As a young girl, I would skip and walk comfortably through public places, smiling at everyone I passed and allowing myself to get distracted by what was happening around me.

As a woman in my mid-twenties, I walk purposefully and stare straight at ahead, headphones on so that I have no reason to react to strange men who believe I need to know what they want to do to me.

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As a teenager, I was comfortable asking the nearest, non-busy person for directions.

As a woman traveling on her own, I seek out slightly older, motherly-looking women if I am lost.

One of the only things I have not learned to fear as a grown woman is using a public restroom.

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As far back as I can remember, I was an oddly non-stereotypical girl. I didn’t want to go to the bathroom with a group, or even in pairs. I would grudgingly go with my friends if they asked me to. I was perfectly fine with just getting up and finding my way to the restroom on my own when out with friends. The only thing that ever scared me about public restrooms was when I would be somewhere with automatic toilets as a child. I was tiny – at times, not big enough for the sensor to realize someone was still sitting there. I would start sobbing if an automatic toilet flushed while I was still sitting on it, worried that I would be flushed down the pipes. Obviously, that was an irrational fear, and I eventually got over it.

When someone tells me they are scared that their daughter will never be able to safely use a public restroom because transgender people can now use them, I do not think they know what they are talking about. At all.

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Most people who are wanting to pass hateful bills that would keep transgender people out of restrooms for their identified gender are men claiming they want to protect young women and girls, yet females have much more reason to fear the men who are saying these things than to fear transgender women.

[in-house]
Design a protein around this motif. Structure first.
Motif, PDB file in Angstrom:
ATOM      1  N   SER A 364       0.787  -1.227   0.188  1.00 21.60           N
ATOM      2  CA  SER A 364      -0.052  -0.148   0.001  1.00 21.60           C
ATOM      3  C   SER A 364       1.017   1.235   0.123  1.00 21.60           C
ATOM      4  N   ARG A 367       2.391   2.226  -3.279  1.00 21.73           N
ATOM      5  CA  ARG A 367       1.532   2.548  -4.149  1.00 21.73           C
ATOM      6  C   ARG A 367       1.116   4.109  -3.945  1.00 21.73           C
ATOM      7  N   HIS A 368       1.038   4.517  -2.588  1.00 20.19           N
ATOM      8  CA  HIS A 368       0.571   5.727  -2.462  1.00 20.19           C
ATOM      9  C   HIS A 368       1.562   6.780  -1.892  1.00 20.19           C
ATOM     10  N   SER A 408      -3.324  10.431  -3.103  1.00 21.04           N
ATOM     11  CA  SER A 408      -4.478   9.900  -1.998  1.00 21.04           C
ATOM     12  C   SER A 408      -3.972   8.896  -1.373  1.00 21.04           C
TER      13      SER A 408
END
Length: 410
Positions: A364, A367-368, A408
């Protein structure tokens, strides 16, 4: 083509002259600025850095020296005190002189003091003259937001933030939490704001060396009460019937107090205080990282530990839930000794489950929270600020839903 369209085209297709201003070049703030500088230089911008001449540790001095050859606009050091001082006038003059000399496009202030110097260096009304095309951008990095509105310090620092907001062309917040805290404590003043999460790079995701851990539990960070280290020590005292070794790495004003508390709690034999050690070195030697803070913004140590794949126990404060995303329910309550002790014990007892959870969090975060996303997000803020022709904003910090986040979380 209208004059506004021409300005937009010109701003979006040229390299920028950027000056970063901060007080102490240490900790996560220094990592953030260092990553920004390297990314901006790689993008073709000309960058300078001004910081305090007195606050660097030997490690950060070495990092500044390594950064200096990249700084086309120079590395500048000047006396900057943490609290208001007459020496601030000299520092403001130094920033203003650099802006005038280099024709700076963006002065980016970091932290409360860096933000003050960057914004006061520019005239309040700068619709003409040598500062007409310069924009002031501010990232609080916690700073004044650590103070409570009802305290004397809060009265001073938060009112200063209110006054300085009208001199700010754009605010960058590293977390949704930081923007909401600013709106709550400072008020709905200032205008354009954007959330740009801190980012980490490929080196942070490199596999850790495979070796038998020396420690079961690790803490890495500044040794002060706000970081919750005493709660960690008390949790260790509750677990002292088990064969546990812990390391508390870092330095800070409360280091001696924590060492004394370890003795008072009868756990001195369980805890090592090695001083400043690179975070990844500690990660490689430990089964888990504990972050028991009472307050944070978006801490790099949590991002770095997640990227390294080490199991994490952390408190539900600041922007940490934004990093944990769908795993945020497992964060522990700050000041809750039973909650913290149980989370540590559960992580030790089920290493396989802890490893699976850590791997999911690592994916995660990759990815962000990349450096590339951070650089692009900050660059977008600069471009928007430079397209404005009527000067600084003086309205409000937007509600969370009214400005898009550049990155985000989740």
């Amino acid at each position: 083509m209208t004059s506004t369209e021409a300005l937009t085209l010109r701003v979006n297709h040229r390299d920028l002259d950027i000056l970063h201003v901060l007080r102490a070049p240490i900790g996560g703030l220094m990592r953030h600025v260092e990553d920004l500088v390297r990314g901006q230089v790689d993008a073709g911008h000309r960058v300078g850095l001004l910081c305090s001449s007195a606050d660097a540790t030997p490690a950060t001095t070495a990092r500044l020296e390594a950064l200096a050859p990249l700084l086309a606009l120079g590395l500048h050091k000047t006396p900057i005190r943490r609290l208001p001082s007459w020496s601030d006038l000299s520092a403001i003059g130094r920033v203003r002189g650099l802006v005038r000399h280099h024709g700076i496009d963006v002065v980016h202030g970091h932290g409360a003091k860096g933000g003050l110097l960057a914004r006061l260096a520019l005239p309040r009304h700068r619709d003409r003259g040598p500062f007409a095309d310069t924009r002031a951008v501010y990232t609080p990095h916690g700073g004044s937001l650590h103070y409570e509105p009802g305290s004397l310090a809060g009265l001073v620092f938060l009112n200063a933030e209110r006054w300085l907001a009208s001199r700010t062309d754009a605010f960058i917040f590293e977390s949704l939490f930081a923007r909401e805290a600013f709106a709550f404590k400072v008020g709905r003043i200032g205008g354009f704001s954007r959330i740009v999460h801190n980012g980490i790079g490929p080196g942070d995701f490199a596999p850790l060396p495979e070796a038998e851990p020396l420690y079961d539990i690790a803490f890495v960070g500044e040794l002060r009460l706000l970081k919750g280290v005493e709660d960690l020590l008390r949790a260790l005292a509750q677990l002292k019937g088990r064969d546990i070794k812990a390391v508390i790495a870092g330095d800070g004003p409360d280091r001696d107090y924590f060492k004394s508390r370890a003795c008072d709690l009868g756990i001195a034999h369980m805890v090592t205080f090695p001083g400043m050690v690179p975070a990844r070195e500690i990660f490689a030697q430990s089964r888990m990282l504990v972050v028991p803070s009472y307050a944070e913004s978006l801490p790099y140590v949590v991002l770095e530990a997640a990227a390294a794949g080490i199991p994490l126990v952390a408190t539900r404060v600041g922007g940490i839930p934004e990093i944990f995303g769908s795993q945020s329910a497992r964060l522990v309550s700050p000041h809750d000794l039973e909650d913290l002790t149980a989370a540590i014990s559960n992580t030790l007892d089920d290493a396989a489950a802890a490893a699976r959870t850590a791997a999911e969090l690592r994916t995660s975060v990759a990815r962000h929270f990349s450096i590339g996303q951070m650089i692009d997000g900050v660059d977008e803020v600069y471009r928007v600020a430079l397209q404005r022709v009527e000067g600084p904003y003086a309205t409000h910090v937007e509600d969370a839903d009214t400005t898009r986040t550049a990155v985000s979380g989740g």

50% of all reported sexual assaults happen within one mile of the victim’s home. 82% are committed by someone the victim knows. 94% of sexual assaults on girls and women are perpetrated by men.

There are no statistics on transgender women attacking people in restrooms – yet there are many cases of transgender people being attacked by cisgender people while using a public restroom.

Along with all of that fear-mongering, one of the biggest misconceptions I have seen is that people believe “transgender” means the same thing as “crossdresser.”

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In the simplest terms… A crossdresser is someone dressing to deliberately look like someone of the opposite gender, either for fun or comfort. (Some men enjoy wearing skirts instead of pants at times, get over it.) A transgender person fully identifies as the gender opposite from what they were assigned at birth, and it’s a full-time identity – not an experiment in a costume. A transgender woman is a woman, despite not having been born with the hormones to grow breasts. A transgender man is a man, even if they weren’t born with testicles. It can go even further than that, too – some transgender people don’t identify as either male or female.
(I am nowhere near qualified to write about all the aspects of transgender identities, so please click here to learn a bit more, and then use Google to your heart’s content.)

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I’m much more comfortable with the idea of using the same restroom as a woman who was born with a penis than the idea of walking next to a man who has a pistol concealed under his jacket; yet the same people who are telling us that it should be illegal for transgender women to use the women’s restroom are the ones who claim gun regulations wouldn’t work because “criminals don’t follow the law.”

It’s a dangerous world, and feeding these unwarranted fears is ridiculous. There are many things that women and girls have proven reasons to fear… and then there are things that privileged men want them to be scared of, in order to tame their own fears and insecurities and boost their masculinity.

Transgender people are humans who have the same needs as everyone else. Let them pee in peace.